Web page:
What does plastic do to the ecosystem?
"This is a global crisis, and we are destroying the Marine ecosystem," said Lisa Svensson, head of the UN's oceans problem.
Why is there a plastic pollution problem?
As far as we know, plastic was not widely used until 60 or 70 years ago, but it immediately changed everything from clothing, cooking, catering to product design, engineering, and retail. There are many different types of plastics, one of the biggest advantages is that the design life is very long, and almost all plastic products are now in some form.
In July 2017, of the university of California, Santa Barbara, industrial ecologist Dr Roland gaye (Roland Geyer) and his colleagues published in the journal science progress a paper to calculate the number of humans so far all the plastic is 8.3 billion tons. About 6.3 billion tons of these are now plastic waste, and 79 percent of that is in landfills or natural environments. This huge waste is driven by modern life. In modern life, plastic is made into many "disposable" items, from beverage bottles and diapers to tableware and cotton swabs.
Four billion plastic bottles.
Beverage bottles are one of the most common plastic wastes. About 480 billion plastic bottles are sold worldwide in 2016, up to one million bottles per minute. Of those, 110 billion were made by beverage giant Coca-Cola. Many countries are considering measures to reduce the consumption of plastic bottles. Britain's proposals include a deposit refunding scheme, as well as improvements to free drinking water supplies in major cities, including London.
About 480 billion plastic bottles are sold worldwide in 2016, with an average of one million bottles per minute, 20,000 bottles per second. But less than 50% of plastic bottles are recycled, and only 7% are recycled into plastic bottles.
How much plastic waste ends up in the sea?
About 10 million tons of plastic disappear in the ocean each year. In 2010, scientists from the national center for ecological analysis and integration and the university of Georgia estimated that the figure was 8 million tons and projected to increase to 9.1 million tons by 2015. In 2015, published in the journal science, the same study, a survey of 192 coastal state Marine of plastic processing, according to the Asian countries of the 20 biggest emitters plastic 13.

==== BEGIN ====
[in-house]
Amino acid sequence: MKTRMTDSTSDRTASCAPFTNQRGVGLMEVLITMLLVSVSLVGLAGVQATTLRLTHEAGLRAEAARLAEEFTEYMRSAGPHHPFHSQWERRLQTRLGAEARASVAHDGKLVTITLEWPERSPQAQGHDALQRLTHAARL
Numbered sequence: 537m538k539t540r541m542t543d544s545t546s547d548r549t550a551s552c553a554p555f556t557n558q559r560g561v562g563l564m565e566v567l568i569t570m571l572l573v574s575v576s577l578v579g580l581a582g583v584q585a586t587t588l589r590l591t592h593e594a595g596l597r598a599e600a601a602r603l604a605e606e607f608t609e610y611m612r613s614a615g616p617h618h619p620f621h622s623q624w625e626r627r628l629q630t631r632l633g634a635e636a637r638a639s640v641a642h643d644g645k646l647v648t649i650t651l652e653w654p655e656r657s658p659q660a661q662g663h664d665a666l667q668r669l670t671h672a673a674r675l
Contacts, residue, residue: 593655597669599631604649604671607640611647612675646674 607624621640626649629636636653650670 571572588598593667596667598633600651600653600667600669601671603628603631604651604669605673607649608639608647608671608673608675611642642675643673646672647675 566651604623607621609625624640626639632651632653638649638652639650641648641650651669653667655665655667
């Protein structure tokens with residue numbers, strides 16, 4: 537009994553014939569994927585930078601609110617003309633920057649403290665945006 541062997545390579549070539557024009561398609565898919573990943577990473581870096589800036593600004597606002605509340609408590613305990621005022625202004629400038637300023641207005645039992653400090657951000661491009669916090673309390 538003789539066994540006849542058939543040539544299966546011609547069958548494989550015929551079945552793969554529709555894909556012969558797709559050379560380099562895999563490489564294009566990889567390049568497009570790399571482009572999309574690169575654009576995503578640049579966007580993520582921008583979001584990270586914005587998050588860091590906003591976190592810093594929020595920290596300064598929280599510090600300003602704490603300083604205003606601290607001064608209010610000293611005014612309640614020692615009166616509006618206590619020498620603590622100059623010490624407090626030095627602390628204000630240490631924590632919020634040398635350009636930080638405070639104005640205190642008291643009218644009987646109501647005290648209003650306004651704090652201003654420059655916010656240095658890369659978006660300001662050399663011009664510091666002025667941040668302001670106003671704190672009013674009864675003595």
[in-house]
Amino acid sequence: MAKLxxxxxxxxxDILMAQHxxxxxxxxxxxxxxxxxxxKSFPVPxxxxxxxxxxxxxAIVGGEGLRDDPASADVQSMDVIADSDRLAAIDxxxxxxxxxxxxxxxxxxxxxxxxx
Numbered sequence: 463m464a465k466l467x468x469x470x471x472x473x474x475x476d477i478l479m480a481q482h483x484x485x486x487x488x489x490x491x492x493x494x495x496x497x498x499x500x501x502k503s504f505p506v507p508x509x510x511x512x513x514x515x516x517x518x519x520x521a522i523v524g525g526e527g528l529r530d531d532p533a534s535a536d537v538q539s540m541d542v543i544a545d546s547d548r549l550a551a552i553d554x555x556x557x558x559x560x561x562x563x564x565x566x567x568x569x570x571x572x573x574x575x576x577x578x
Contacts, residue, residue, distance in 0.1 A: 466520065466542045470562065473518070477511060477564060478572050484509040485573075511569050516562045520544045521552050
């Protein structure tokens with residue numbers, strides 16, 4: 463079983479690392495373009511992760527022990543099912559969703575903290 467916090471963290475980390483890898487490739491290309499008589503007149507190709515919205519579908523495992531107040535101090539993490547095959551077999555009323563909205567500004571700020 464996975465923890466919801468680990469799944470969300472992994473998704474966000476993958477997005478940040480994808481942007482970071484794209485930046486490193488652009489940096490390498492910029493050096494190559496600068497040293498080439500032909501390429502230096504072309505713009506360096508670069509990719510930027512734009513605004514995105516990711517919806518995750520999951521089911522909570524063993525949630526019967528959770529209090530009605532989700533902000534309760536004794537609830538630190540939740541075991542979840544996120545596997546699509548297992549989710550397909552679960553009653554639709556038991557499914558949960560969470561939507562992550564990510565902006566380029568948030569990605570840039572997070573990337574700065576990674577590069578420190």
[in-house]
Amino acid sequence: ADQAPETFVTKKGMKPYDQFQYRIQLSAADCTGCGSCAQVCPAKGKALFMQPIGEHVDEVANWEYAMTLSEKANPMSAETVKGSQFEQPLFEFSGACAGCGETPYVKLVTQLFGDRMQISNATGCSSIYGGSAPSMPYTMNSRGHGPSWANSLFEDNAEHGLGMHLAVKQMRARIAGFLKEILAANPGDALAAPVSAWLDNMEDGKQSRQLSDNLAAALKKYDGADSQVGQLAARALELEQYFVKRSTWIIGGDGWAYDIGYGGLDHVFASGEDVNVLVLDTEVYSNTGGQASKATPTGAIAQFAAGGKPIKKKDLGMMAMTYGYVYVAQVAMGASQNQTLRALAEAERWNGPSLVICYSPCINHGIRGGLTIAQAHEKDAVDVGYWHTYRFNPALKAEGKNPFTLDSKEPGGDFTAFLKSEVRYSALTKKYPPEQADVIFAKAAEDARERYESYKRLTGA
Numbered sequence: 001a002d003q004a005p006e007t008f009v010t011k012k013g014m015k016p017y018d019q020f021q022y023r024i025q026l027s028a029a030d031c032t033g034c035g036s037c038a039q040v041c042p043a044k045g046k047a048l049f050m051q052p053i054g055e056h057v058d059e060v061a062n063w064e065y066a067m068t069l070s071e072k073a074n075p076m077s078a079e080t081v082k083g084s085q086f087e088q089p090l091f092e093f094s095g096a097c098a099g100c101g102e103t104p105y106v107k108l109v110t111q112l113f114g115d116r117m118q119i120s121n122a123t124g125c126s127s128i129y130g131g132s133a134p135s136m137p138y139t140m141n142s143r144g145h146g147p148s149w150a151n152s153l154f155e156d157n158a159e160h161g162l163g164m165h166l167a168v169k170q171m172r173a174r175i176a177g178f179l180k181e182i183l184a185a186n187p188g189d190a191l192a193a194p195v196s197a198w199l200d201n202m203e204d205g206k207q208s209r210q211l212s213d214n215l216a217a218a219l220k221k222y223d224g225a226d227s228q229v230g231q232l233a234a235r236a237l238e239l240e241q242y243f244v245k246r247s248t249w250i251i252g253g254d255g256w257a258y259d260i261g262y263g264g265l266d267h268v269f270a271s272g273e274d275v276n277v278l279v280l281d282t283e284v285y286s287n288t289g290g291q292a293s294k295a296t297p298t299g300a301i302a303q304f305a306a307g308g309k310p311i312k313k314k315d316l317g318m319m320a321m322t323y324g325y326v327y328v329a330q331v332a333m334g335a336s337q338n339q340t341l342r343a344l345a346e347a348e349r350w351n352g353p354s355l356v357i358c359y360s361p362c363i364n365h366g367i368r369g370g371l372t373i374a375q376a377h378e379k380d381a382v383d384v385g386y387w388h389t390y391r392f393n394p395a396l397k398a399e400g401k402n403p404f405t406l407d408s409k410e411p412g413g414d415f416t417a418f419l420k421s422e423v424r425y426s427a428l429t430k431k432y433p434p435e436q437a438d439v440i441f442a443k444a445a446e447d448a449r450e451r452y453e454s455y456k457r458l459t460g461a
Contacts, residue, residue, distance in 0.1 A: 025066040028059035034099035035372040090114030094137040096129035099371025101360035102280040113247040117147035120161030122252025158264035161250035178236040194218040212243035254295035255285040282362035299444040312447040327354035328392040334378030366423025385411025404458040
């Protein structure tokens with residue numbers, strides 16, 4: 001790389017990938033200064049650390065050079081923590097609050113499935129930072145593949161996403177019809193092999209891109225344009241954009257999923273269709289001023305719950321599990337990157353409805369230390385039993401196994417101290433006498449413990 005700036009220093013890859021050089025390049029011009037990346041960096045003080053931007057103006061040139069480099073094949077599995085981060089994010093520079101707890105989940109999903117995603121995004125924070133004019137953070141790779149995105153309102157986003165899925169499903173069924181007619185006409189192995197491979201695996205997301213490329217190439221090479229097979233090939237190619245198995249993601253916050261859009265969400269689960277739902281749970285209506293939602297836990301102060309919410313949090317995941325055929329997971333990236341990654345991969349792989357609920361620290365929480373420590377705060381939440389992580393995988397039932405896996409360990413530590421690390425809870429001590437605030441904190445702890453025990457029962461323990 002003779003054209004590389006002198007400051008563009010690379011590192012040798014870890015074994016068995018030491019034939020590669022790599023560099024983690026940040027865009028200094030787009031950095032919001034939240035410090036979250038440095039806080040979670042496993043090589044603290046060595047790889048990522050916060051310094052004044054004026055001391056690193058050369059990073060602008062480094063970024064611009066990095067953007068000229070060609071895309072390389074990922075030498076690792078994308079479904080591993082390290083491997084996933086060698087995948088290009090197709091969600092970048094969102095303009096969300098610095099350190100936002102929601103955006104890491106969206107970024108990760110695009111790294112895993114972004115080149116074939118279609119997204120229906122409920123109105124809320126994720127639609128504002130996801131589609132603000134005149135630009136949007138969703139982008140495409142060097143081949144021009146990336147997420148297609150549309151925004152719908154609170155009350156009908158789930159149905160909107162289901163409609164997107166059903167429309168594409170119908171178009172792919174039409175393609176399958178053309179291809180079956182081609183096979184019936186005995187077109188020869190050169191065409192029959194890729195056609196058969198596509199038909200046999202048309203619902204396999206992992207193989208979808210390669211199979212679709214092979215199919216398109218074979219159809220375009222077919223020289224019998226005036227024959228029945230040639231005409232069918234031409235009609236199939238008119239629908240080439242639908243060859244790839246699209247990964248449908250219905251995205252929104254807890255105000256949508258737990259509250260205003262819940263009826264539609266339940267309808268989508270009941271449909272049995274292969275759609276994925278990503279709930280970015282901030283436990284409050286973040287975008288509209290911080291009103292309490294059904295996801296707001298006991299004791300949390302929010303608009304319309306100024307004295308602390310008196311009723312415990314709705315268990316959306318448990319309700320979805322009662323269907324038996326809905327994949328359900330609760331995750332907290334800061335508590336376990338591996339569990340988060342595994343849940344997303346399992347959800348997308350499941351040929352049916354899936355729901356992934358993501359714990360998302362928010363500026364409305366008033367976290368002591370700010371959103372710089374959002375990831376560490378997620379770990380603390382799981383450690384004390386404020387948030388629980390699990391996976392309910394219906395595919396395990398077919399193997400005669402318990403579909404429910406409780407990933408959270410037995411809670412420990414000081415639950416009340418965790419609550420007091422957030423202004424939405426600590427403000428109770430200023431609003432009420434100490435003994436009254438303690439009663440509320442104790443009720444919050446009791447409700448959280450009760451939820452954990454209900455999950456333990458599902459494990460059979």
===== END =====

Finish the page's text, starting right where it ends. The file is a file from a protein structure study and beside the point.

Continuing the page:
Asia makes the world's largest Marine plastic waste.
Both China and the United States are big producers of plastic waste, with a high per capita waste rate. Plastic debris accumulates in the ocean, and the wind forms a whirlpool of gyre, which can suck in any floating debris. There are currently five global circulation, the most famous of which may be the north Pacific gyre. It is estimated that it will take about six years for the debris to travel from the U.S. coast to the north Pacific circulation center, and it will take about a year to start from Japan.
How long does Marine plastic waste degrade?
The concentration of plastic waste in all five of the circulations is higher than the rest of the ocean. They are made of tiny pieces of plastic that appear to be suspended under the surface of the sea, a phenomenon known as "plastic soup". And the wear-resistant quality of most plastics means that many plastics can take hundreds of years to break down. However, efforts to Cleanup the north Pacific ring have begun, and the action led by Ocean Cleanup, a nonprofit group, will begin in 2018.
Given the wear-resistant quality of most plastics, they can take hundreds of years to degrade.
Why is plastic so harmful to Marine life?
For larger sea creatures such as seabirds and turtles, dolphins and seals, the danger is that they are trapped by plastic bags and other debris, or they mistake plastic for food. Turtles can't distinguish between plastic bags and jellyfish, and it's possible to swallow the plastic as food. Swallowing plastic bags can cause internal blockages, which usually lead to death. Large chunks of plastic also destroy the digestive system of seabirds and whales, potentially fatal. As time went on, the plastic waste slowly decomposed into tiny pieces, which attracted the attention of scientists.
A trip to the sea of plastic cotton swabs.
A recent survey by the university of Plymouth found that one in three of the fish found contained plastic, including cod, haddock, mackerel and shellfish. This could lead to fish malnutrition or starvation and lead to human consumption of plastic. The effects of fish that contain plastic on humans are largely unknown. But in 2016, the European food safety administration warned: "given the potential for small plastic pollutants in commercial fish, their threat to human health and food safety is increasing.